Pros and Cons of Front-loaders vs Top-loading Washing Machines

A common question – which is better, top-loading or front-loading?

Midea top loader

Midea top loader

Each type has its life-long fans. Each group is convinced that their preference is better than the other. But is the truth about top-loaders versus front-loading washing machines?  Below are some thoughts so you can decide for yourself.

Some of this article is taken from the Good Housekeeping website – thanks to them for their content.

In Good Housekeeping Institute tests, both types clean so well you’ll likely not notice a difference in your clothing, though our tests show front loaders do perform a bit better. 

The preference does vary around the world. For example in the UK and much of Europe, most washing machines are front-loaders whereas in Australia and New Zealand, people prefer top-loading washing machines.

Energy Efficiency?

A front-loading washing machine is the more energy-efficient option. It uses less water in each load. Clothes get cleaned when they tumble in a small pool of water that’s added by the machine once it senses the weight and type of load.

Capacity Issues

Many people think that front-loading washing machines cannot handle bigger items of laundry.

Front-loaders can easily handle big, bulky items, like comforters and sleeping bags.

Ease of Access

A top-loader is generally easier to use since there is less bending required to put the dirty laundry in the machine. However,

Most manufacturers sell pedestal drawers to raise the appliances up off the floor and save some strain on your back.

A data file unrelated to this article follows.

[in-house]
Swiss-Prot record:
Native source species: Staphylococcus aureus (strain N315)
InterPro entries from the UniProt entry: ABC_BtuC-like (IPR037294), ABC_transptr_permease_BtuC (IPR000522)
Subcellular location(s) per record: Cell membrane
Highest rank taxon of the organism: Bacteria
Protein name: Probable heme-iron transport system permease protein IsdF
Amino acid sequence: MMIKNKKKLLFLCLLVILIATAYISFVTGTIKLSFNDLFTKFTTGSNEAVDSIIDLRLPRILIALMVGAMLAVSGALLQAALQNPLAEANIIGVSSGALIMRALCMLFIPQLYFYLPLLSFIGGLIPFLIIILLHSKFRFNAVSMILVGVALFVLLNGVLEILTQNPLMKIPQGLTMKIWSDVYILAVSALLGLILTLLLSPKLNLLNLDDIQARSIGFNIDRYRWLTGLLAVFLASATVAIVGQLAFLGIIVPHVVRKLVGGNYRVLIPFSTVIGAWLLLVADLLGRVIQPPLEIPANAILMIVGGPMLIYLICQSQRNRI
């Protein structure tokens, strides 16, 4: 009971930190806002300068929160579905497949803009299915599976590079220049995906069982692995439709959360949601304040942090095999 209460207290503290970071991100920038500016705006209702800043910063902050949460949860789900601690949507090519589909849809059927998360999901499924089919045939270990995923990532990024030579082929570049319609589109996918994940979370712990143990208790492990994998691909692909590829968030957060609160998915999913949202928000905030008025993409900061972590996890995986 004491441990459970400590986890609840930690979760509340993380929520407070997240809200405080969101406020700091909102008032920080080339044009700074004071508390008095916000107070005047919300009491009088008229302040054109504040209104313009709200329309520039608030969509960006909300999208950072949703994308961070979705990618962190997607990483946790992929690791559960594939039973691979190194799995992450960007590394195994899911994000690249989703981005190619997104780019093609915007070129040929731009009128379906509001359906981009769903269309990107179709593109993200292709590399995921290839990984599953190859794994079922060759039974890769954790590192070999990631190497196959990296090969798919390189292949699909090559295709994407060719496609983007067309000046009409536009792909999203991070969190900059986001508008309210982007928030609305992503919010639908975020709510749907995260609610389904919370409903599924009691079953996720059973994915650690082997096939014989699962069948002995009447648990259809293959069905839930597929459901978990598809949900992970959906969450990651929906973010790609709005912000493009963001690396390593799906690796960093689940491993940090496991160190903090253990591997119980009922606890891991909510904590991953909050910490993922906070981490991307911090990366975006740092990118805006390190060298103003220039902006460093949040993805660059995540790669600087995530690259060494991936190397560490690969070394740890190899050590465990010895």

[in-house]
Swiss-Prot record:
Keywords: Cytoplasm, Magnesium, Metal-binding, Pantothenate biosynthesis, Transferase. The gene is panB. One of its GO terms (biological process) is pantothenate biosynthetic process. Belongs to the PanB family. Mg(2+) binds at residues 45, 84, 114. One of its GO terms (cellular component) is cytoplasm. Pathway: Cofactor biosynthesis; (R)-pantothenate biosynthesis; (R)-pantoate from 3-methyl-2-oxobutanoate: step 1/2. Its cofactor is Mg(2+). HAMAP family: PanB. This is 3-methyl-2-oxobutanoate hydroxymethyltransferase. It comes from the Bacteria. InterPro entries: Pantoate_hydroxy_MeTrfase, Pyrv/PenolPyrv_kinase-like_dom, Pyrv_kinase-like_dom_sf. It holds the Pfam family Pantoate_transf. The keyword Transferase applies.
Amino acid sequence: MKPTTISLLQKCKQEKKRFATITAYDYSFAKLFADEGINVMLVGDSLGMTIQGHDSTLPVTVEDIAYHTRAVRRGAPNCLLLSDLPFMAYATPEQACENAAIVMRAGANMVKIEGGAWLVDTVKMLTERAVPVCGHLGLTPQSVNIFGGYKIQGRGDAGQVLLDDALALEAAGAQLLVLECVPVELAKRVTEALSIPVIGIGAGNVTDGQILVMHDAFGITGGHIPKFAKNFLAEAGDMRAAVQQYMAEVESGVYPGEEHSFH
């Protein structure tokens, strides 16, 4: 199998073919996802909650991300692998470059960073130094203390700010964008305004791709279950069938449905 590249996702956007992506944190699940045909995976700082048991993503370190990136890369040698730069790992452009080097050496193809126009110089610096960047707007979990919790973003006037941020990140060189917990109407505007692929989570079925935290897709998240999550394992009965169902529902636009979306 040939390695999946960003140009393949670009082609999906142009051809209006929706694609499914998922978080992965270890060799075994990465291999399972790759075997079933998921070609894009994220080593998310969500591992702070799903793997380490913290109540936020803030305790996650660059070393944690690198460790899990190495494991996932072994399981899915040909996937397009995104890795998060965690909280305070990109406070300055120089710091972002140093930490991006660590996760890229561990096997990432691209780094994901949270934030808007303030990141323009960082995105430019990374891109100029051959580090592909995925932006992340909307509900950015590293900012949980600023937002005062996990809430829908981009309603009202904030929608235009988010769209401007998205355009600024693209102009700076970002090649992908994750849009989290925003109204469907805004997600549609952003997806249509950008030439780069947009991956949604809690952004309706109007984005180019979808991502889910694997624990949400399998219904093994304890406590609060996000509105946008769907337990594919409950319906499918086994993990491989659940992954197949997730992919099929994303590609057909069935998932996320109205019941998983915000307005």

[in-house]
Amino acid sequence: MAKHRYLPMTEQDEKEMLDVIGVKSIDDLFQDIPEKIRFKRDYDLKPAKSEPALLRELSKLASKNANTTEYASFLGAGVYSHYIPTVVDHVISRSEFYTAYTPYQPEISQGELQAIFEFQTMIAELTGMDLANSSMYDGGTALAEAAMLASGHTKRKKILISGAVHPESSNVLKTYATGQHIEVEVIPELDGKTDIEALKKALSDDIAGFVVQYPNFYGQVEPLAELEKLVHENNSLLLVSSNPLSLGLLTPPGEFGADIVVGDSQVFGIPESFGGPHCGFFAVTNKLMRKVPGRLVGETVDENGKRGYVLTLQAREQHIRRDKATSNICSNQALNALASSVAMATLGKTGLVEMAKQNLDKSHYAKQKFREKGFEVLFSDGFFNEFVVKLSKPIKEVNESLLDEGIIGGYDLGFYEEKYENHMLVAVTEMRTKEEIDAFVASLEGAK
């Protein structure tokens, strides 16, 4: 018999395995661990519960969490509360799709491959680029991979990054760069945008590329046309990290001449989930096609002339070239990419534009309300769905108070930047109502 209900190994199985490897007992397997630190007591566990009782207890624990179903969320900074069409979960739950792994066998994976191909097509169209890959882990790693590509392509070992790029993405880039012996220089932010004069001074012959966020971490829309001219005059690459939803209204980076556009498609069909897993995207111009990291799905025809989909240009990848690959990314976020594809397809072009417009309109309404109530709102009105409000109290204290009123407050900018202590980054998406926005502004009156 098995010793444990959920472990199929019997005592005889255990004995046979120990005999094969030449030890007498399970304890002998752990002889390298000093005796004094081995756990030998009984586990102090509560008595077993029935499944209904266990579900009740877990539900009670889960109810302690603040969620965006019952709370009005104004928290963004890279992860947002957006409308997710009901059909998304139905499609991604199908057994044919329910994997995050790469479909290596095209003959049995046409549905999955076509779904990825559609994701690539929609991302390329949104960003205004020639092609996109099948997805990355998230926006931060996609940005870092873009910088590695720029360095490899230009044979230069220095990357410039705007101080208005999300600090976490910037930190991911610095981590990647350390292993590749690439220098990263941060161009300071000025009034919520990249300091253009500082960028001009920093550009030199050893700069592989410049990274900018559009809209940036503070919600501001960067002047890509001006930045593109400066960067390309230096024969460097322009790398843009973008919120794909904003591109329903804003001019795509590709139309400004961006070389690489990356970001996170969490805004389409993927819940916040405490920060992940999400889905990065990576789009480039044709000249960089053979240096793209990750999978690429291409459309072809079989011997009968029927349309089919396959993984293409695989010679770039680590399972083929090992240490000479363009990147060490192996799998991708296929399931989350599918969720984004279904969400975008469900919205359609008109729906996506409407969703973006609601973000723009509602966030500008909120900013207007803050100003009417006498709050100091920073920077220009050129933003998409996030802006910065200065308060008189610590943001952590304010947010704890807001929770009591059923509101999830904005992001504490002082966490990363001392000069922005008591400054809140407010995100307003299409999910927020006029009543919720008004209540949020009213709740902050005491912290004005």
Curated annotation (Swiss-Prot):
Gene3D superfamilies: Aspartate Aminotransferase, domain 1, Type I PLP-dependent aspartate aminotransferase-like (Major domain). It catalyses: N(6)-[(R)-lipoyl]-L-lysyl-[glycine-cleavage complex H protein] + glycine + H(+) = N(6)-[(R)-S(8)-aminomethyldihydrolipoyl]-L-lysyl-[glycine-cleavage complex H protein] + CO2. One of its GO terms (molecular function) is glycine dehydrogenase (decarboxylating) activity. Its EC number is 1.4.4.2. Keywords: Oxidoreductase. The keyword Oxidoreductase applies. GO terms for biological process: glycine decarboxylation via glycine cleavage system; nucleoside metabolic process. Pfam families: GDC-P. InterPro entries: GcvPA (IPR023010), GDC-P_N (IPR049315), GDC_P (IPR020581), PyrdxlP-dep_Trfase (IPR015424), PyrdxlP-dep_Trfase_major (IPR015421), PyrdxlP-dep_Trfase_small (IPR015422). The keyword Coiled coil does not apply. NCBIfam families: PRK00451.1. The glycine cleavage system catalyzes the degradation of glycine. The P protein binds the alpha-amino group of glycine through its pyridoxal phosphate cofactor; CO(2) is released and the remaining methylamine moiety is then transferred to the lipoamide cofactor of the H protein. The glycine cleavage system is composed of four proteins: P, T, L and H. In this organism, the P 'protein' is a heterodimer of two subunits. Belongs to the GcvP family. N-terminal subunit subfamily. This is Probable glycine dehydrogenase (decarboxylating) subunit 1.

Limited Space

If you live in a small house or apartment, then a front-loader will probably be the better choice.

“…a front load washer can be stacked with its matching dryer and placed in a closet, bathroom or any narrow area where water, electrical connections and venting are available.”

More Attention To Looking After Your Machine

Haier front loader

Haier front loader

A front-loader will need more cleaning up after you use it.

Keep in mind that water often puddles in the door gasket, dispensers and even the drum itself at the end of the cycle and can lead to mold growth and odors. If you choose a front loader, you’ll need to be diligent about cleaning the gasket and dispenser and leaving the door ajar so the drum dries out and odors don’t develop.

Water Usage

Top-loaders use more water than front-loading machines so if water consumption is a problem in your area, this may be a consideration for you.

Newer, high-efficiency top-loading washing machines provide excellent cleaning, have huge tubs for extra-large loads, and are still energy efficient even though they use more water than front loaders.

Impact On Your Clothes

Some top-loaders can have wear out your clothes quicker than front-loaders.

They can come with or without center agitators, which draw clothing through the water to clean them. Keep in mind that agitator models are a little less gentle on fabrics and get clothes cleaned by bouncing and moving them through a pool of water.


Prices depend on the brand and features but as a general rule:-

A top-loading washing machine is typically less expensive.

Potential Health Issues

One aspect that people don’t often consider is the potential for respiratory issues.

Because the water in top-loaders drains down and out, they are less likely to develop mold and odors than front-loaders are and that’s the reason many consumers prefer them. However, like with all machines, it’s a good idea to clean the tub and dispensers about once per month.

If you have either a top-loading washing machine or a front-loader, and they need attention, servicing or repairs, go to, search for your local appliance repair company, for example, Hastings appliance repairs.